MEDIA RELEASE 8th April 2007
"Human Rights: Not Made in China" AI Lion launches Campaign
Amnesty International will launch its new campaign for "Human Rights Reform in China" on the 10th of April with a
nation-wide 'Lion Declaration' tour, which aims to increase public awareness about human rights abuses occurring in the
People's Republic of China.
At each stop on the tour the public will be able to sign a declaration in the form of a traditional Chinese parade Lion.
In cities with a 'sister city' relationship with China, Amnesty International are asking Mayors and councilors to sign
the declaration and to add human rights to the dialogue with their Chinese counterparts.
"Local authorities in China are directly responsible for serious human rights violations in their cities. Publicly
elected councils in New Zealand with 'sister city' relationships have a responsibility to speak out about severe human
rights abuses" said Amnesty International New Zealand Campaigns Manager Gary Reese.
'Human Rights Reform in China' is a global campaign necessitated by appalling human rights violations occurring on a
massive scale throughout China.
Despite the Chinese Government's commitment to improve its human rights record, violations are continuing. Human rights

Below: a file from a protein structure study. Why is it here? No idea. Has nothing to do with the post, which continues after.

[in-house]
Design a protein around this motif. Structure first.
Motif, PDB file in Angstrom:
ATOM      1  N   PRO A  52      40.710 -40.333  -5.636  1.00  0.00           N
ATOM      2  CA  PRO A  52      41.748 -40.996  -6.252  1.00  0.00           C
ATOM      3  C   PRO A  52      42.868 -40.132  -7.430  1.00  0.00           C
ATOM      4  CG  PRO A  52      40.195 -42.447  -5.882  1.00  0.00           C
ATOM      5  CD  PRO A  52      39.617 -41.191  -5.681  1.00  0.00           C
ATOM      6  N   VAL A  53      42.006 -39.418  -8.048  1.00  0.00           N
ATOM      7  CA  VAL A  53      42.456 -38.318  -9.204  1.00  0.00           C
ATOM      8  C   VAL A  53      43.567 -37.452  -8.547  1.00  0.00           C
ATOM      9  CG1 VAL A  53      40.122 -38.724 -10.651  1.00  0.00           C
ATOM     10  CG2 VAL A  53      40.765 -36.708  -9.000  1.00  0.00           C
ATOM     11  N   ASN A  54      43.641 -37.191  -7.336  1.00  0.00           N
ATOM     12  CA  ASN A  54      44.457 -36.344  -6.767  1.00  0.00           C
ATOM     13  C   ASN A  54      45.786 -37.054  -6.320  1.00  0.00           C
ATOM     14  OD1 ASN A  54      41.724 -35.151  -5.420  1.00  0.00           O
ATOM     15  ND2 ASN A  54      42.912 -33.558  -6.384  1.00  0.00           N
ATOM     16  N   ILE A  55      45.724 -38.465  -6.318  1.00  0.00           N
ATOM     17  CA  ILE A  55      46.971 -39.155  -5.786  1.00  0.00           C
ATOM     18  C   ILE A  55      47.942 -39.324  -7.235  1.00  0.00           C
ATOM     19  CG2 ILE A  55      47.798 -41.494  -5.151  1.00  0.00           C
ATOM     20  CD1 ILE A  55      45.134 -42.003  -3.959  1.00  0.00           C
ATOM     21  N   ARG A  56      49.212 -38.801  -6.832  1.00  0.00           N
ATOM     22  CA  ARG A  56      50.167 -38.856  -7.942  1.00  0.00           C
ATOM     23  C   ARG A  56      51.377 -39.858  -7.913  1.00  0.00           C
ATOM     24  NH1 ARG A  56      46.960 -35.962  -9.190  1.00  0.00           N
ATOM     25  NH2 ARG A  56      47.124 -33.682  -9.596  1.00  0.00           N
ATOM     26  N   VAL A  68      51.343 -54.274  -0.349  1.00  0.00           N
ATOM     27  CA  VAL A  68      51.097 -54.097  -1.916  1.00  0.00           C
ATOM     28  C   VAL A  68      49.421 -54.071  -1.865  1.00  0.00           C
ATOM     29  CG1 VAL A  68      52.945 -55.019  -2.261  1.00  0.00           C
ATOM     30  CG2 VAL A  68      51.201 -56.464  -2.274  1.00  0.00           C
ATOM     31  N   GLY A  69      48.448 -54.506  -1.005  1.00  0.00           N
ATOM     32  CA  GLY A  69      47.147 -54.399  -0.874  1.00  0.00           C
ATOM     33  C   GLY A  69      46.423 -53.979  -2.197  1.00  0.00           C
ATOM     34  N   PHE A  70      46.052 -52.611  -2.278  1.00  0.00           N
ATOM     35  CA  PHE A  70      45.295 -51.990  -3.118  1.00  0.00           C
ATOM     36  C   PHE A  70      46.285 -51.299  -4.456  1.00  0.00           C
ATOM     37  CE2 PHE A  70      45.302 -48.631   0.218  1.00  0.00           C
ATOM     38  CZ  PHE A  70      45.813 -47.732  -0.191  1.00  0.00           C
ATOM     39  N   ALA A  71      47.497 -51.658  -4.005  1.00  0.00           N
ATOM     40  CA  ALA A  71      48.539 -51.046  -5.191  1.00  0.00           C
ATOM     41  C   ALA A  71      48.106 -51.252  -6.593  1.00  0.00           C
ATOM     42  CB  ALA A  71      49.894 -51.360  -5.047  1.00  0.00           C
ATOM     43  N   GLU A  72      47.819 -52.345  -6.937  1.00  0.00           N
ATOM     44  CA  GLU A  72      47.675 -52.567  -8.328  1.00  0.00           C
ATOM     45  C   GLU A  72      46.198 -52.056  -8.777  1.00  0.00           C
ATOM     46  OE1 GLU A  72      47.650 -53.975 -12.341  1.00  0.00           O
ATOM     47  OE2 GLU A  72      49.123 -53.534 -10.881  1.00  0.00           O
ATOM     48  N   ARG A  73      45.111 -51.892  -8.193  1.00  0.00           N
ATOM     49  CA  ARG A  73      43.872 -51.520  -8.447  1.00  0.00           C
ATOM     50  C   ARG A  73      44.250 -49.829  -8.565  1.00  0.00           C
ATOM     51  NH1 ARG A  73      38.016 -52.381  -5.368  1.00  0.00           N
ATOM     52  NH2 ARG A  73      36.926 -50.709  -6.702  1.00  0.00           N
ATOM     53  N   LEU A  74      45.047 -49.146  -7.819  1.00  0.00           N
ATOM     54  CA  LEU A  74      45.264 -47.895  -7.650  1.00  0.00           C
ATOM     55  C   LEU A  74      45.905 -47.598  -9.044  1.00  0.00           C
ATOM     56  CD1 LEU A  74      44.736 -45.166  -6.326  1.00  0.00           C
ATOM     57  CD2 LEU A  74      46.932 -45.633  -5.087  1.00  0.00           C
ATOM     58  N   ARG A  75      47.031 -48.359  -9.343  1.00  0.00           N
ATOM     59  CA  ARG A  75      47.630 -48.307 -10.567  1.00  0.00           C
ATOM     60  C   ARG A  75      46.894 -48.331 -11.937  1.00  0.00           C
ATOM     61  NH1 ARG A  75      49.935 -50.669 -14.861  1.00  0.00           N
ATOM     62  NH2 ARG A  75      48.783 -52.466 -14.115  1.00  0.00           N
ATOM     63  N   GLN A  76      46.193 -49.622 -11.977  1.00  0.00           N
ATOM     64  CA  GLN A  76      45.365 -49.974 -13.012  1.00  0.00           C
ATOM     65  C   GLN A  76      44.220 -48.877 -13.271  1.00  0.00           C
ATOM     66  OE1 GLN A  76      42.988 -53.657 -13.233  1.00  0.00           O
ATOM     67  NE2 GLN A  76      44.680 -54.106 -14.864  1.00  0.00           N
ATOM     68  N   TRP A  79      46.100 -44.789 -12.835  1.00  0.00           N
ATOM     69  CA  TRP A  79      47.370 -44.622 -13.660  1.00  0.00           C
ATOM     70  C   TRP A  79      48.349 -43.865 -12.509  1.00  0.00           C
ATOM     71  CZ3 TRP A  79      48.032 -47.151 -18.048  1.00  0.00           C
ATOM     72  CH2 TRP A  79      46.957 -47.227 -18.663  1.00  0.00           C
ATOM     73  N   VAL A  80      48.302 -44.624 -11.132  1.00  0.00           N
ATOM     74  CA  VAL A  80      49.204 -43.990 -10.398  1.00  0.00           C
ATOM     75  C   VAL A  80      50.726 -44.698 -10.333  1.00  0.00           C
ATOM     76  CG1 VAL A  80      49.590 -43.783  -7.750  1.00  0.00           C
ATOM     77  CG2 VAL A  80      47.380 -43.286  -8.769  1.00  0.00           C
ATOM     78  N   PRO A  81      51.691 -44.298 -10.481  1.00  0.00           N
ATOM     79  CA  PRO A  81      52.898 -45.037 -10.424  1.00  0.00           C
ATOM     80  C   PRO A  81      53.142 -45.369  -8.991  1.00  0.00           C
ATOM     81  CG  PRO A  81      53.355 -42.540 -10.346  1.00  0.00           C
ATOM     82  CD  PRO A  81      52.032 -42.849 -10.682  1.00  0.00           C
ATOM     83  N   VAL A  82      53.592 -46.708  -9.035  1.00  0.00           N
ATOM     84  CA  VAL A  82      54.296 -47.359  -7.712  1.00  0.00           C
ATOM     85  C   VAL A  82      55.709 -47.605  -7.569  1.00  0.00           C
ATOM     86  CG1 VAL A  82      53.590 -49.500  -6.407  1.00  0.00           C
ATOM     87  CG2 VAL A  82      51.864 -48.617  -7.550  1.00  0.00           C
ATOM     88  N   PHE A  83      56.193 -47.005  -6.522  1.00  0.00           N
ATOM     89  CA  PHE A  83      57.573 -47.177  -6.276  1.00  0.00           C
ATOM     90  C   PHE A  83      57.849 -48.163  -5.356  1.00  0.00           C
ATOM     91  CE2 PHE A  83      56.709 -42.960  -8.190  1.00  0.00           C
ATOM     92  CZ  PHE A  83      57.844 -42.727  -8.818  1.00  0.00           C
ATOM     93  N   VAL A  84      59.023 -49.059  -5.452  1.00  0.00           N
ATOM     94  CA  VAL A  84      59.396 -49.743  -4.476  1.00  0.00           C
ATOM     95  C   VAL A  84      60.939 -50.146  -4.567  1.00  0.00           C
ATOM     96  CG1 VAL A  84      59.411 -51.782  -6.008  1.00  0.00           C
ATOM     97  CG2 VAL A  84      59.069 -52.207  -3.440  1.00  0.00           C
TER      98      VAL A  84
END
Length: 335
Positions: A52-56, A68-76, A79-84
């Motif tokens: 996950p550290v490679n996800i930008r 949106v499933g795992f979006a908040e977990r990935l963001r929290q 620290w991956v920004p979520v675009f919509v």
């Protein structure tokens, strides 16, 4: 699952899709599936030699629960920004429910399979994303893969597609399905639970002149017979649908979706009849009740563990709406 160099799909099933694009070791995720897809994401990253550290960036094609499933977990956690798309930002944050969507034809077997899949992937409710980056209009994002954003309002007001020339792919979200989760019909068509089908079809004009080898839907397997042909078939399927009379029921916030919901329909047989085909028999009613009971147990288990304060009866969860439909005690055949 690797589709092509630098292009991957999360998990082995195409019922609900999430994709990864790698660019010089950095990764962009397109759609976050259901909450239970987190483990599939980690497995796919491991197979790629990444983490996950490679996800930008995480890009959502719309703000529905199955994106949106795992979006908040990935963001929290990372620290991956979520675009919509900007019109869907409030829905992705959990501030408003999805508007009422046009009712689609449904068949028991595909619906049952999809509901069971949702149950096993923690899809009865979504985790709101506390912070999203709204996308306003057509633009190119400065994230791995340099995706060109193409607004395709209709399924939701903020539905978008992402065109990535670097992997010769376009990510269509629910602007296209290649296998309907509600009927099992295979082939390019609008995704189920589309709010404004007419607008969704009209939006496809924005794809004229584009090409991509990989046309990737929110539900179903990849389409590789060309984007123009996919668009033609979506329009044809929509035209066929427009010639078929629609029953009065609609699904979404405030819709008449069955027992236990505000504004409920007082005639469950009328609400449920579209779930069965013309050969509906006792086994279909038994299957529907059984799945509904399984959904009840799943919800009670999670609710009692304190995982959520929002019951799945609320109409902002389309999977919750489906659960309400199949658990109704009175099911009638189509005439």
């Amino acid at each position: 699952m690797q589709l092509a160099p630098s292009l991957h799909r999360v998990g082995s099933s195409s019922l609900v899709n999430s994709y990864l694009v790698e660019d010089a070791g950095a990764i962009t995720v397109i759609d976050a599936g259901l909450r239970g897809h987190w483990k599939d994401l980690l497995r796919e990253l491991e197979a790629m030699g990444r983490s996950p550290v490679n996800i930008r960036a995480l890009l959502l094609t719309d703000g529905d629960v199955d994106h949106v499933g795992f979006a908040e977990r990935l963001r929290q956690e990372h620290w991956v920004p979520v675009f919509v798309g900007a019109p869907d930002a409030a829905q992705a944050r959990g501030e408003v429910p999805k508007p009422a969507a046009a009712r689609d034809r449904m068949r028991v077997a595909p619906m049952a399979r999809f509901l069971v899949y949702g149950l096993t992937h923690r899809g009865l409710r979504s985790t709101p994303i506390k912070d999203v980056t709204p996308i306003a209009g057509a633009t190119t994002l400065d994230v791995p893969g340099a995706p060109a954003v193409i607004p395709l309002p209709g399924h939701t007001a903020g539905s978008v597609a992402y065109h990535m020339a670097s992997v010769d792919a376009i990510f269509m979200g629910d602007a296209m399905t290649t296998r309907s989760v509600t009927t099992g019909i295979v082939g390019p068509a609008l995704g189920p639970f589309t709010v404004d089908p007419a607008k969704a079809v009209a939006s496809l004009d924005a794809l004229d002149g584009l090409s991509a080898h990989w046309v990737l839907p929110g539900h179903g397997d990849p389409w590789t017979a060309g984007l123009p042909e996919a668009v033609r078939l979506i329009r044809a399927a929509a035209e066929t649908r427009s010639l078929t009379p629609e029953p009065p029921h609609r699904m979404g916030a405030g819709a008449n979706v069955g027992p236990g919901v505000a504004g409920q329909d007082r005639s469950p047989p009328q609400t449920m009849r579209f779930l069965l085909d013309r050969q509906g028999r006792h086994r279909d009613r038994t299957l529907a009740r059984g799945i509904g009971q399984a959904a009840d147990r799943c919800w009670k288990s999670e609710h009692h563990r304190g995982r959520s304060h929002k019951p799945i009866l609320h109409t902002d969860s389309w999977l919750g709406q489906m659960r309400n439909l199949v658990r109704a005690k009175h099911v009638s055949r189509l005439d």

abuses of particular concern include:
• 'Re-education through labour': over 250,000 people detained without trial.
• Torture: widespread, including beating, sleep deprivation and electric shocks.
• Death Penalty: up to 15,000 executed each year without fair trial; organs harvested.
• Repression of spiritual and religious groups: including Falun Gong practitioners.
• Repression of internet and media: journalists and bloggers imprisoned.
• Inadequate labour rights: appalling working conditions for internal migrants.
Mr Reese said, "Basic human rights are universal – they belong to everyone. With 20 percent of the world's population
(1.3 Billion) in China, we all have a responsibility to support the Chinese people in their struggle for better human
The six week tour travels the length of the country, from Invercargill to Kaikohe, carrying the message on human rights
abuses in China to 31 cities and towns throughout New Zealand.